Wednesday, 31 May 2017

The Olivia Tremor Control ‎– Music From The Unrealized Film Script Dusk At Cubist Castle (1996 Flydaddy Records) Flac & mp3

Not the Beatles, but an incredible facsimile: on their sprawling 27-song debut opus, Music From the Unrealized Film Script, Dusk at Cubist Castle, the Olivia Tremor Control manage to summon not only the sound of the White Album-era Fab Four, but also the unfettered creativity. The soundtrack to an unmade film about a pair of women named Olivia and Jacqueline and a massive earthquake dubbed the California Demise, the album incorporates a slew of influences and textures (including Beach Boys-flavored pop, psychedelia, Krautrock, noise, and folk-rock) and synthesizes them into a distinct homebrew of shimmering harmonies, guitar drones, backward tape loops, and inventive effects. As an added bonus, the first few thousand copies came with a bonus CD of ambient "dream sequences" -- titled Explanation II -- which, when played simultaneously with the first disc, realizes true quadraphonic sound. Amazing.(allmusic.com)




As much a concept as a band, the Olivia Tremor Control was one of the most visible and innovative members of the Elephant 6 collective, a coterie of like-minded, lo-fi indie groups -- including the Apples in Stereo, Neutral Milk Hotel, and Secret Square -- who shared musicians, ideas, and sensibilities. The Olivia Tremor Control was led by singers/songwriters/multi-instrumentalists Will Cullen Hart and Bill Doss, natives of the small, isolated town of Ruston, Louisiana, where they struck up friendships with fellow outsiders Robert Schneider (who went on to front the Apples) and Jeff Mangum (the auteur behind Neutral Milk Hotel).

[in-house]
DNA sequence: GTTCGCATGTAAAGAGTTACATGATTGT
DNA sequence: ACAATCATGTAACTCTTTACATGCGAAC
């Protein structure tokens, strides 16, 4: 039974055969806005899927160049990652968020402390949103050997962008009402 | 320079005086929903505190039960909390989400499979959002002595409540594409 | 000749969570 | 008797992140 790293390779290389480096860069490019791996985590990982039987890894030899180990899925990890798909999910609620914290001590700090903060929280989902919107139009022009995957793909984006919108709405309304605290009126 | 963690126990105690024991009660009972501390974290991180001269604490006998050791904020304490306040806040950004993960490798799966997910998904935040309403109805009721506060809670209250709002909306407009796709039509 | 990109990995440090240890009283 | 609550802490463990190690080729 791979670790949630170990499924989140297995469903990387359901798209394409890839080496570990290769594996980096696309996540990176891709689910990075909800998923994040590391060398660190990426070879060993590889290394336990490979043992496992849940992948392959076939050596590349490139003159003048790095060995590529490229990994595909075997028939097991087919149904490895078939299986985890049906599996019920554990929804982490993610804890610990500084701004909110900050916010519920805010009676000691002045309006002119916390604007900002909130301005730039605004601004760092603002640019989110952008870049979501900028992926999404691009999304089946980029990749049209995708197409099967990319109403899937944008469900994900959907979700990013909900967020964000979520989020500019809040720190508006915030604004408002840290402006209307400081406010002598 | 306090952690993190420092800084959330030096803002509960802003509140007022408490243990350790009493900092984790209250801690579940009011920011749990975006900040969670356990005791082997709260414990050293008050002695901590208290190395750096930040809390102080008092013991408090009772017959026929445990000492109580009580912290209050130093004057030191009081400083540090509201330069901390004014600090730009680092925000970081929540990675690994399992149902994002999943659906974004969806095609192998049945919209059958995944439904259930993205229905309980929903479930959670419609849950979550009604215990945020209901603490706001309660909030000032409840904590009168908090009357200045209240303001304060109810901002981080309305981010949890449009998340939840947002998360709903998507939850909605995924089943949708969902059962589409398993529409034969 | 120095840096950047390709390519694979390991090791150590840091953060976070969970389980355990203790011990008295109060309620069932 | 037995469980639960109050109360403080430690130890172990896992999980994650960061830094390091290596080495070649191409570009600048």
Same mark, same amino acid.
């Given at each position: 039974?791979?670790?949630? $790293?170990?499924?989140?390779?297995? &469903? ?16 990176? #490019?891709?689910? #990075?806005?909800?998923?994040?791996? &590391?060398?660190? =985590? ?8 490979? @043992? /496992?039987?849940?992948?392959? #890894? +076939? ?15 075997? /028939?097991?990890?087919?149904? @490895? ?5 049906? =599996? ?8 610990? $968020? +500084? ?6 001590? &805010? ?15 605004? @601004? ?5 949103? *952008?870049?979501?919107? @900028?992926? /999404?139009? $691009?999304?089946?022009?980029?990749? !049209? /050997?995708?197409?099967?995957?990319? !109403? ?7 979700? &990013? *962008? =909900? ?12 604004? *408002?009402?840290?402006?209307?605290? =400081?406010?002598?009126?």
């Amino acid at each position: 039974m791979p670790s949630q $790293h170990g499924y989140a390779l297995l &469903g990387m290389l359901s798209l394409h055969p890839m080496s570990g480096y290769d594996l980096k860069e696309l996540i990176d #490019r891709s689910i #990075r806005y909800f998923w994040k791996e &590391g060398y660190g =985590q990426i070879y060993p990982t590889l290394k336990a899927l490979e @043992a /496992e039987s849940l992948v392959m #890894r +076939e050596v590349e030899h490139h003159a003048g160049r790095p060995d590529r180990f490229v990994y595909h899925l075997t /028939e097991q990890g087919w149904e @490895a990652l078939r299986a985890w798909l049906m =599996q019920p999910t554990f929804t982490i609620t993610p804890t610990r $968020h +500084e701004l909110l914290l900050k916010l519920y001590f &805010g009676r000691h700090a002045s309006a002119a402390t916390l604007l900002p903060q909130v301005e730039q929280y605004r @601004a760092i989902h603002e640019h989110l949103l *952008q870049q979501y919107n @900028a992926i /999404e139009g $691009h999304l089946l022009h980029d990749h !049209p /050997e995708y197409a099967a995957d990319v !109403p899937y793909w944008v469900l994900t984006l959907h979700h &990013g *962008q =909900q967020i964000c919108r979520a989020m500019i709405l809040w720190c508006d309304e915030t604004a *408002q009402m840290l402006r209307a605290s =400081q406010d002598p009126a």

Throughout high school, the aspiring musicians -- all influenced by the likes of the Beatles, the Beach Boys, the Zombies, Pink Floyd, and Sonic Youth -- exchanged home recordings and played in each other's bands. Hart and Doss later attended Louisiana Tech University together, where they tenured as college radio DJs and furthered their musical educations and ambitions. In 1990, Hart, Doss, and Mangum moved to Athens, Georgia, to form the group Cranberry Life Cycle; when Mangum exited, they enlisted John Fernandes and became Synthetic Flying Machine. After Doss' temporary defection to Chocolate USA, Synthetic Flying Machine mutated into the Olivia Tremor Control at much the same time both Schneider and Mangum relocated to Denver, Colorado, to start their own respective projects.